By: Dora Nicolic
The day the sky split open, a swirl of dust, gases, and atoms suffocated the horizon.
And the sky, well, she inhaled and took in every ounce of the atoms. She was left to expand, and expand, and expand…
The gases who had taken center stage met with the atoms doing pirouette after pirouette around the dust holding on for dear life within the will cramp up and wrestle the pull until they are dragged back in through the cracks of the silence and only sprinkles of their performance remain. And so the particles left of the show will spiral and spiral and spiral until they collide to form a body composed of crushed and shredded little specks of starlight.
And maybe it was my fault. Maybe I tore open the sky. Maybe I cracked open the kaleidoscope.
So maybe I deserve all this pain.
The dust, gases, and atoms had no control over the inevitable collapse of all they lived for.
The violets, canaries, and clementines did not get to decide when and where their show closed.
And I do not choose if love becomes conditional.
This is how I learned to bet on dying stars.
Today is the day your life begins.
I walked out of the church with my knee high socks meeting my suffocator of a skirt. For a sixth grader, you would’ve thought I’d grown taller. I guess being in church for that long made me feel that much smaller. Outside, I was greeted by the melody of successive cars honking at my mother to move our own out of the way.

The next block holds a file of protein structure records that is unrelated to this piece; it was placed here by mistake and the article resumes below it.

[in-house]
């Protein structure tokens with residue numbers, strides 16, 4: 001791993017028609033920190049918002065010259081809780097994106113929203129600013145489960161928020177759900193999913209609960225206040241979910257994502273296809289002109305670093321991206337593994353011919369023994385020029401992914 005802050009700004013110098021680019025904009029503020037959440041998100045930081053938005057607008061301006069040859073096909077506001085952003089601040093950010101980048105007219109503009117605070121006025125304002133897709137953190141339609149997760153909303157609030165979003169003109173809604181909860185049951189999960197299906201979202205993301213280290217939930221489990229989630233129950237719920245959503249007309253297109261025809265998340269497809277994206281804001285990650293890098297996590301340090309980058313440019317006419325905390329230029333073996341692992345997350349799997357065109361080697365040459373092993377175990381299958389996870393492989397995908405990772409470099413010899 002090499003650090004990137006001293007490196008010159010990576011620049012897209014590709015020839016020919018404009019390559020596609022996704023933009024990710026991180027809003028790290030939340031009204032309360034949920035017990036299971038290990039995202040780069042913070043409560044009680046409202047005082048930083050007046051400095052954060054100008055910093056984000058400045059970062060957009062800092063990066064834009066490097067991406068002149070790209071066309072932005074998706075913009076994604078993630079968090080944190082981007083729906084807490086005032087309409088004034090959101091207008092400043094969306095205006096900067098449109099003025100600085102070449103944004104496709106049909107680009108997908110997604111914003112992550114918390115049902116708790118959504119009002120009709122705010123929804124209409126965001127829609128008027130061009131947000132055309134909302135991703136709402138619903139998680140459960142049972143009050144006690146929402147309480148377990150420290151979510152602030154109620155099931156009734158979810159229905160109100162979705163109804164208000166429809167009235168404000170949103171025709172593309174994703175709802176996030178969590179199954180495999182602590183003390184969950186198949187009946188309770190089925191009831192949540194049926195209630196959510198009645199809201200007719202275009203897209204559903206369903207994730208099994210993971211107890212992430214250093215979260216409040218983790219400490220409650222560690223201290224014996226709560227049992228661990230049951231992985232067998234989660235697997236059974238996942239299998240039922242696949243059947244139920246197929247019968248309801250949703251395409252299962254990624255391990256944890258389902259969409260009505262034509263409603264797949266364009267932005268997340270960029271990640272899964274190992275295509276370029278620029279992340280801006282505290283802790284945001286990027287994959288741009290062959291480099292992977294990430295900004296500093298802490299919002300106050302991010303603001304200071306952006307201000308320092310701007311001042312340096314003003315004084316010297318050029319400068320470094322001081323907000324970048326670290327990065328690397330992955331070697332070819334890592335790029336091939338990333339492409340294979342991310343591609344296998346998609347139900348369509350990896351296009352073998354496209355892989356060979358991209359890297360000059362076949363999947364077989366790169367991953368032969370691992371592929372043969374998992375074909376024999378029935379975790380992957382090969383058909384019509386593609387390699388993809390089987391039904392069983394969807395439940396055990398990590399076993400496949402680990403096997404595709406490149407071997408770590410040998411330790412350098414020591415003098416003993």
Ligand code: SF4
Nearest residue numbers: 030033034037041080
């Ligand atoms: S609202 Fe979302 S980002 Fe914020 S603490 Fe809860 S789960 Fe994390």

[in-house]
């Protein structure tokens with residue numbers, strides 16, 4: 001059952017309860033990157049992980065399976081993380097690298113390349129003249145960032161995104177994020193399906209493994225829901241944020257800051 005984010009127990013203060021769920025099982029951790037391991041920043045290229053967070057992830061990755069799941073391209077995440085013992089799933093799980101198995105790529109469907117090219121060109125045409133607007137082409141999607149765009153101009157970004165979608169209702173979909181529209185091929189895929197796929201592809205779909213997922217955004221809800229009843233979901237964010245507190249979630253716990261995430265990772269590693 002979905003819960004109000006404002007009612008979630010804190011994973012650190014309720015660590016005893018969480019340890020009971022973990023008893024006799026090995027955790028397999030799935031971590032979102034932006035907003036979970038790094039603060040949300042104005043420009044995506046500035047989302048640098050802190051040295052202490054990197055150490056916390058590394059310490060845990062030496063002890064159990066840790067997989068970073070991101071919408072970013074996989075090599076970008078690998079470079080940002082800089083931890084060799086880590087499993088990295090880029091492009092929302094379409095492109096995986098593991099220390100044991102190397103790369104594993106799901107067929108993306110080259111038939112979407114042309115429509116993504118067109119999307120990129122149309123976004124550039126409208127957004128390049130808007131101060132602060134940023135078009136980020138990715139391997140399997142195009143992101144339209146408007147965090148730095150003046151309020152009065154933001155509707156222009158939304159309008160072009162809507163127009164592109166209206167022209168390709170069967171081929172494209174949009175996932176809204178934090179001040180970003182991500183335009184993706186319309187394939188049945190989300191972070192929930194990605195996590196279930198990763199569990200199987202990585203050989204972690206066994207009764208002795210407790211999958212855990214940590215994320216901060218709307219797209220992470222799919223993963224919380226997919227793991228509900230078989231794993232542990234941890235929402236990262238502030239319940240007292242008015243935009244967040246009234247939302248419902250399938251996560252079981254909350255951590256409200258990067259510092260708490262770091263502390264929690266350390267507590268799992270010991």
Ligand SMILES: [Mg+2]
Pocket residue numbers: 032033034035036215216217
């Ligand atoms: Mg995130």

Just tell her.
Running as fast as my legs could carry me, I reached the door of the Audi, unlocking it and sliding right into place. As if on cue, my mom connected her iPhone to the bluetooth speaker of the car, playing the Up All Night album by One Direction, instantly alleviating my stress, at least slightly.
In between Bleeker Street and Metropolitan, the only sound that could be heard was the muffled verse of “One Thing”, stifled by my thoughts.
But how do I even begin? She’ll hate me. Okay, okay, breathe. Just breathe, remember? It’s fine, everything’s goi-
The car jolted forward under the harsh red light.